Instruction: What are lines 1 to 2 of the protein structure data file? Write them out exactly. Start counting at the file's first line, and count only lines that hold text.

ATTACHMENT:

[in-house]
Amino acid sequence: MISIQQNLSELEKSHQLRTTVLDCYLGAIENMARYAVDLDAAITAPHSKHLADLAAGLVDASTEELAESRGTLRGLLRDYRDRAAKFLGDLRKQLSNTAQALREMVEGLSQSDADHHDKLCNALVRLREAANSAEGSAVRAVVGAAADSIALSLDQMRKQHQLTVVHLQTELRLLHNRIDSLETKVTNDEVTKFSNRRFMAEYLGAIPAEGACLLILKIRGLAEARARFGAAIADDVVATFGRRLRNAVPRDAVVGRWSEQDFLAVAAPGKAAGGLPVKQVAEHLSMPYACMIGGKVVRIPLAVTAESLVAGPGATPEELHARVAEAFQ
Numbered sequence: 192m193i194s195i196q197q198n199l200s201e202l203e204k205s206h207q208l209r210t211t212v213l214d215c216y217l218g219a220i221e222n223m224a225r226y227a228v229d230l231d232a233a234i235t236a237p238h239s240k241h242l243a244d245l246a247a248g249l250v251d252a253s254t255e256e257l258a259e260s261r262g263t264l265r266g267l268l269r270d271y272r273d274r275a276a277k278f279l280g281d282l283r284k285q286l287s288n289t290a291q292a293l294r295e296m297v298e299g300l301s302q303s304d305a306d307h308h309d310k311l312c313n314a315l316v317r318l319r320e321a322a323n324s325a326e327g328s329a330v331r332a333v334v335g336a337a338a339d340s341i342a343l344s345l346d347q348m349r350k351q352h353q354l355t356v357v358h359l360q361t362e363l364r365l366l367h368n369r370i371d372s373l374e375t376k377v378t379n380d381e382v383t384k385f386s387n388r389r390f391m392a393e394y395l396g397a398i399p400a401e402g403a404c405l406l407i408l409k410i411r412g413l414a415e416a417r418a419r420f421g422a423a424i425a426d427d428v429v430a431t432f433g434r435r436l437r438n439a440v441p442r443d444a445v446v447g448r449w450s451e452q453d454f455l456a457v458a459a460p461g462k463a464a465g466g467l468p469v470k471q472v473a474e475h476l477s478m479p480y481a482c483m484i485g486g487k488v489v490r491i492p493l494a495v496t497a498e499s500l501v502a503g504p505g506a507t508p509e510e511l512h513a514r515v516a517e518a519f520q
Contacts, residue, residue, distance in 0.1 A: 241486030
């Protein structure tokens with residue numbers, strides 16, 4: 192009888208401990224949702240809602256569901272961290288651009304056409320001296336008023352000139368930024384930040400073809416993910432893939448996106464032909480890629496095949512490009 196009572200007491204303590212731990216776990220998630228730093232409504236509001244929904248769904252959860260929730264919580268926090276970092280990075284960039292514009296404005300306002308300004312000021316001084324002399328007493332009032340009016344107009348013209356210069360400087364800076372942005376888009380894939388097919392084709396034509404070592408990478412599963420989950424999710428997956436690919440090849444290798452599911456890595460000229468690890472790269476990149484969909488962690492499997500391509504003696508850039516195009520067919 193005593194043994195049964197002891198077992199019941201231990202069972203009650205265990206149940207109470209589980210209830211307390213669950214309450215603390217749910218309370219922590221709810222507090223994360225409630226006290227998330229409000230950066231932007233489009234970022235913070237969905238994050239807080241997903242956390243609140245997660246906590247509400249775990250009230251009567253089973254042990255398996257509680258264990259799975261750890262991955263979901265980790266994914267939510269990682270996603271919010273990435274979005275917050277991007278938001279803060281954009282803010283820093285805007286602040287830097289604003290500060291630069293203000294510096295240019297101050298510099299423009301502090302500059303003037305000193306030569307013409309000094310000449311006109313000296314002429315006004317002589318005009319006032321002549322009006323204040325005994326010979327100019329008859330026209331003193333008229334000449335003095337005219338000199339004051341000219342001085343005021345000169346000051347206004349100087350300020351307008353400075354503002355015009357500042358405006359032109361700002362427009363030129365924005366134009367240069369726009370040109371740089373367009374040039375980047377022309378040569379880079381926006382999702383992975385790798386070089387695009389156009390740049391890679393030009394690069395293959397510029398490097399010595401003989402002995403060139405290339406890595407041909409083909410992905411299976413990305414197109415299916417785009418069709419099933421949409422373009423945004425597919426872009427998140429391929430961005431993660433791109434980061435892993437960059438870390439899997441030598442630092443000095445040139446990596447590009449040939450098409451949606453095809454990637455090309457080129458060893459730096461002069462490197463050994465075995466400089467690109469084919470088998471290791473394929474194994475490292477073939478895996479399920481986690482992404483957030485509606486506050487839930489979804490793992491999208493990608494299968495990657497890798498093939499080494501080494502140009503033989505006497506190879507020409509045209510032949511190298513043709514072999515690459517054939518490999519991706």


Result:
[in-house]
Amino acid sequence: MISIQQNLSELEKSHQLRTTVLDCYLGAIENMARYAVDLDAAITAPHSKHLADLAAGLVDASTEELAESRGTLRGLLRDYRDRAAKFLGDLRKQLSNTAQALREMVEGLSQSDADHHDKLCNALVRLREAANSAEGSAVRAVVGAAADSIALSLDQMRKQHQLTVVHLQTELRLLHNRIDSLETKVTNDEVTKFSNRRFMAEYLGAIPAEGACLLILKIRGLAEARARFGAAIADDVVATFGRRLRNAVPRDAVVGRWSEQDFLAVAAPGKAAGGLPVKQVAEHLSMPYACMIGGKVVRIPLAVTAESLVAGPGATPEELHARVAEAFQ